I love the reading room in winter. It’s simple, warm, and friendly. I walk in with only a laptop, a notebook, and a pencil and the librarian on duty immediately steps into the back room and brings out the books I’ve requested. I choose a back table where I can survey the whole room and I set up my laptop, plugging the power supply into the socket hanging over the table. I prop up the first book that interests me on a gray foam wedge and adjust it to a comfortable angle, draping a velvet-covered chain to keep it open. I look around and see a few familiar faces of other researchers working on this Saturday morning. If anyone looks up we smile and wave quietly. Through the windows surrounding the room I can see rain falling on the red tile rooftops.
I open the file for my book on the laptop and continue where I left off on Friday, taking notes or transcribing text when it’s really relevant. Each book has a file and an entry in my database. In six months, when I start to write my dissertation, I will need all the information I can get. In my notebook I jot down any thoughts that come to mind outside the actual content of the book, such as “request more almanacs” or “pick up milk.”
The herbal book I am examining has a picture and description of each plant, telling its medicinal applications. The book is dated 1536. I note that the author illustrates imported plants with a neat woodcut print of a twisted root or an open sack full of seeds. Having no idea what cinnamon actually looks like in its habitat, he shows a stack of four thick sticks. Mediterranean herbs such as marjoram, rosemary, or basil are shown as entire plants, roots and all, as are plants that grow in Germany like onions or garlic. All this bounty and no mention of food or cooking! This is a medical book. The author is interested in the Galenic balance of humors and how the plant’s properties of wet, dry, hot, or cold can restore good health.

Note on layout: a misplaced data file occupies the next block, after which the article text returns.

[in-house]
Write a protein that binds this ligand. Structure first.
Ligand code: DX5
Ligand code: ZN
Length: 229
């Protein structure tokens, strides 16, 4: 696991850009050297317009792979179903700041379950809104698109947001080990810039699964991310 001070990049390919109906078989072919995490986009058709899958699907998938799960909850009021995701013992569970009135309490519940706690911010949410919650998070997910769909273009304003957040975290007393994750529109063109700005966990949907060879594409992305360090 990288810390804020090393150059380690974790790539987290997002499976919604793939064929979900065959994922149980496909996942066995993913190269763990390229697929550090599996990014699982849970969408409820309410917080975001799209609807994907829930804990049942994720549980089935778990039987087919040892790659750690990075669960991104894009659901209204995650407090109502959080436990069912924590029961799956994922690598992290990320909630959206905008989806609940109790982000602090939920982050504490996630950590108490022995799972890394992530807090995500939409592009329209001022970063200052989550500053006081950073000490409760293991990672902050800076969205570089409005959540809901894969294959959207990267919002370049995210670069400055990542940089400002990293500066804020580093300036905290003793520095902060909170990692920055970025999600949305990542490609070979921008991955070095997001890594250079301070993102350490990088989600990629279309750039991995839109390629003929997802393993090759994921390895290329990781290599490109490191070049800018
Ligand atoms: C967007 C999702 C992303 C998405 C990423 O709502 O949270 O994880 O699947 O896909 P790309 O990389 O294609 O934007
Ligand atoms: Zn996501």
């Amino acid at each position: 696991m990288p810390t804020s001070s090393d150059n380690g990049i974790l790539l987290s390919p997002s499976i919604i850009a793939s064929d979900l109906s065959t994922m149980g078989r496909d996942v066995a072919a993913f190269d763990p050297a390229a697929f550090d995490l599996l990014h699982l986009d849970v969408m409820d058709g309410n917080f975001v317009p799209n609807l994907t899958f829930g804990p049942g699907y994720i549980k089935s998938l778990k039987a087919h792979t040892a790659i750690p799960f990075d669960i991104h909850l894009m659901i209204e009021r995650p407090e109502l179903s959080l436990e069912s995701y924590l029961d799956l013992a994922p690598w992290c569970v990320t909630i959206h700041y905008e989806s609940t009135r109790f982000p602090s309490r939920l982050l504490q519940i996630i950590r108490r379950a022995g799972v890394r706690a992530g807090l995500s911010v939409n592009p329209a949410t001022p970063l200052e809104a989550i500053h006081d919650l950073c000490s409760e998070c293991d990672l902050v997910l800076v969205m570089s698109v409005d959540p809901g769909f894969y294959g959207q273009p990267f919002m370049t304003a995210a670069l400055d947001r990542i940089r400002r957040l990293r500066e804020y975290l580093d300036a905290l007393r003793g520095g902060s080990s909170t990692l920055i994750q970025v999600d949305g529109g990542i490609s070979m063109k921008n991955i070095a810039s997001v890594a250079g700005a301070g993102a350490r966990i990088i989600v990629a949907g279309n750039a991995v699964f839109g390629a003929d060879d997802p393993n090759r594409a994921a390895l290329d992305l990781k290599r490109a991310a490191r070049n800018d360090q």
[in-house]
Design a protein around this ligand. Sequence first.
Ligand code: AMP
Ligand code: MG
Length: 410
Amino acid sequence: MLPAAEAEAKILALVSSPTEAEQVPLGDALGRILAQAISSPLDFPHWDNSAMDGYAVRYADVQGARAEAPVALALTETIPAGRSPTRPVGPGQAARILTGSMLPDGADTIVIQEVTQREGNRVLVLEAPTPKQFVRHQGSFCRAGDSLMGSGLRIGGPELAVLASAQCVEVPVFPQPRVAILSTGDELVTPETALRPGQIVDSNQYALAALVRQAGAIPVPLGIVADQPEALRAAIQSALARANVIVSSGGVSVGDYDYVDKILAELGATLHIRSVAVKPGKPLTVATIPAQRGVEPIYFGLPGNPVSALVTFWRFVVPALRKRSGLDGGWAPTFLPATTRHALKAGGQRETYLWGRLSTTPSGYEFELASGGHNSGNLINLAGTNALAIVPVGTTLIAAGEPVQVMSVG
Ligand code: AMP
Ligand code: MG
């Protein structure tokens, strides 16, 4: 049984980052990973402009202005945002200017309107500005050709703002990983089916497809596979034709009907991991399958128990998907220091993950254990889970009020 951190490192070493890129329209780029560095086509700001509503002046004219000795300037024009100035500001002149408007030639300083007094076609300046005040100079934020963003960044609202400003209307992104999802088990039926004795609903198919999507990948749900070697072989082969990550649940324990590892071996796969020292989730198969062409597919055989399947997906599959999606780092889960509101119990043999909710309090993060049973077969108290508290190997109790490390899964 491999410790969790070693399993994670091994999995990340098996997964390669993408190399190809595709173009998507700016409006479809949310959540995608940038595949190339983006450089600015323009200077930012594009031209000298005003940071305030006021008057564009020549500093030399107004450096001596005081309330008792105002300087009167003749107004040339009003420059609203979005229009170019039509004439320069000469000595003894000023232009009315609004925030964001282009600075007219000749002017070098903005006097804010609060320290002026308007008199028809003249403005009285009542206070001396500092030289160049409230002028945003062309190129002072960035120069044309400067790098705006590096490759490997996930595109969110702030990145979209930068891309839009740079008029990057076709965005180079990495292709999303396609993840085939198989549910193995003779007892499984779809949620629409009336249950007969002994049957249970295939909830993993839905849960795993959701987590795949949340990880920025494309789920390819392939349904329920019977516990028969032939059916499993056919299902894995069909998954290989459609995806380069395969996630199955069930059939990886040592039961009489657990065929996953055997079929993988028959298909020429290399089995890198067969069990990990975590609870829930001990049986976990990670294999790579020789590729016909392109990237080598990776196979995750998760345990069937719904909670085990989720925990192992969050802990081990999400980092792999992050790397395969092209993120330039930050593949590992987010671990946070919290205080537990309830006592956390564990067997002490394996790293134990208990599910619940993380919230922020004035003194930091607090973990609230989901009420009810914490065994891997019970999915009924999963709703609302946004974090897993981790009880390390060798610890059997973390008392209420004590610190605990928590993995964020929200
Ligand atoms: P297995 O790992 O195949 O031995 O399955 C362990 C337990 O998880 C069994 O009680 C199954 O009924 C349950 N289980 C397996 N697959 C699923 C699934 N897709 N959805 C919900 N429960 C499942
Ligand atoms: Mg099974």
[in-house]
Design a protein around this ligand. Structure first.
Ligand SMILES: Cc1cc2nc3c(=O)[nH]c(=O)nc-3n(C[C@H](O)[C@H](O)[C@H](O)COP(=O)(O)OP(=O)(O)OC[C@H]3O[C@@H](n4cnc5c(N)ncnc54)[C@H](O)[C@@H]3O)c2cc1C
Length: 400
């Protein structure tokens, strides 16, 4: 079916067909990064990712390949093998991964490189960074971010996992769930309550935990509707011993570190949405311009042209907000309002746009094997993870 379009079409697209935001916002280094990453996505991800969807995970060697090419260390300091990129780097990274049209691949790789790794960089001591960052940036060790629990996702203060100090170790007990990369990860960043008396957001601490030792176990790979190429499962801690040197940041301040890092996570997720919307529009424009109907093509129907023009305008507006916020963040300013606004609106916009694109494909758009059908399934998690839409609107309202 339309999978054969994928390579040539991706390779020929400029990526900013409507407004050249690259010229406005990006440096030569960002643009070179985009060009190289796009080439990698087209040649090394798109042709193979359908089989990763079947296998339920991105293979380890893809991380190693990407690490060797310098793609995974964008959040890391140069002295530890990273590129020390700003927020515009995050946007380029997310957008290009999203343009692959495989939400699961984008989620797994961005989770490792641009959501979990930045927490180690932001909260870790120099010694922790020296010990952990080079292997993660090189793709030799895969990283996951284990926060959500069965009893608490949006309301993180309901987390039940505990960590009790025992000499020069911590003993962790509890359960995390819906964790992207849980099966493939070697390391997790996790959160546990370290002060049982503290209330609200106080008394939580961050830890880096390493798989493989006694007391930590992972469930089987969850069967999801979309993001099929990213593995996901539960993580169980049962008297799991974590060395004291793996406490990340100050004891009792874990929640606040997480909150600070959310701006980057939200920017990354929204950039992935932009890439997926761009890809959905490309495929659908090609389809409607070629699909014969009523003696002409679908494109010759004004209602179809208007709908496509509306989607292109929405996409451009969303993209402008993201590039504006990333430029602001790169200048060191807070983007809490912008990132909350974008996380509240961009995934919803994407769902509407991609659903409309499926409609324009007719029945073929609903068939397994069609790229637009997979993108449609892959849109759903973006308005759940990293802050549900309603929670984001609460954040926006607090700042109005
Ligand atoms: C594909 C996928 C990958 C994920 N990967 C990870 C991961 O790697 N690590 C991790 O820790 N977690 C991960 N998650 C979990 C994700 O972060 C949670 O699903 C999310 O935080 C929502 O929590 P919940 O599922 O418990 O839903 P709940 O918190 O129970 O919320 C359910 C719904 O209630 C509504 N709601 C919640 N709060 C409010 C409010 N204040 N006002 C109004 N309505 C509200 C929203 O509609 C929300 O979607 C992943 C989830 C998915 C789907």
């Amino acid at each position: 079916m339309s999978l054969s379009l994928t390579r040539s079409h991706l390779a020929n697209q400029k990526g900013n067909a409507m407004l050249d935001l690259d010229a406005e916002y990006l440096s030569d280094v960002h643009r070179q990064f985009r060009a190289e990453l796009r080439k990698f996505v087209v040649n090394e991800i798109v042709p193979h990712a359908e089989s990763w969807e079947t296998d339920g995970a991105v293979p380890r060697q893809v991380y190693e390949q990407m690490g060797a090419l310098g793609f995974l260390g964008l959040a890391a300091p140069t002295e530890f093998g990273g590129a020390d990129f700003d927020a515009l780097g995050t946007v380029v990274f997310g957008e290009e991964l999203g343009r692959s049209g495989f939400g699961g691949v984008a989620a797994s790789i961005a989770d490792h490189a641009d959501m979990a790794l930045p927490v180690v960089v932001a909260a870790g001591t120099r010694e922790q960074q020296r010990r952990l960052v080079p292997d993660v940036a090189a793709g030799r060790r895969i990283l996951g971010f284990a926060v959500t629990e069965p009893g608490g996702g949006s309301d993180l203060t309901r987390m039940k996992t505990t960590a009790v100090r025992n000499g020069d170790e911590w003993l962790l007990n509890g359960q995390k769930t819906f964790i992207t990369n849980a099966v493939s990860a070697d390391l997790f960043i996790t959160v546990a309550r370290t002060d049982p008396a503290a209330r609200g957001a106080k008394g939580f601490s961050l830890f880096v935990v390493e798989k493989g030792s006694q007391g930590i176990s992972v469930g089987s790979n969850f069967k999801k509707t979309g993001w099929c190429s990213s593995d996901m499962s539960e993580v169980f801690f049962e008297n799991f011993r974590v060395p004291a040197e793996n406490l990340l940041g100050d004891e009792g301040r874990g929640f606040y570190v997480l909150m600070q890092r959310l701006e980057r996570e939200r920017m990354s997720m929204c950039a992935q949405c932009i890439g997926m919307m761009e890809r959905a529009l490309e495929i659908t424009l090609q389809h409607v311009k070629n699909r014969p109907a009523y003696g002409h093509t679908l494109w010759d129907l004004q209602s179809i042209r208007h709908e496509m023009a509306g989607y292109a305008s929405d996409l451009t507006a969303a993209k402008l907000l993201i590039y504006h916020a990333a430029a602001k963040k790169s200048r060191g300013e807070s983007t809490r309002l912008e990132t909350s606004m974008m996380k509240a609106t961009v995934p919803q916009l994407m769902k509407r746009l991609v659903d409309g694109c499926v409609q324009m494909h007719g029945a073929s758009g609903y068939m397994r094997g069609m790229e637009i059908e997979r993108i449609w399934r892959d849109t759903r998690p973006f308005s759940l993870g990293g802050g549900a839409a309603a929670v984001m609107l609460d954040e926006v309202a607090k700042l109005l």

No wonder I’m hungry when the library closes at 1:00 PM. I pack up my laptop, leave the reading room, bundle into my winter coat at the library door, and head out into the cold rainy town. I cross the wet cobblestones into the Wurst Bazaar, which has the best French fries in Wolfenbüttel. The woman behind the counter recognizes me and smiles. Somehow currywurst sounds good today.
She cuts up hot roasted bratwurst, pours spicy barbecue sauce over it and sprinkles it with yellow curry powder. Then she pours fresh French fries on to the plate and dusts them lightly with paprika. I take the plate to a back table and get out my current book, Out of the East: Spices and the Medieval Imagination by Paul Freedman. It is only fitting that the next chapter is on how Europeans imagined India as the mysterious land of spices.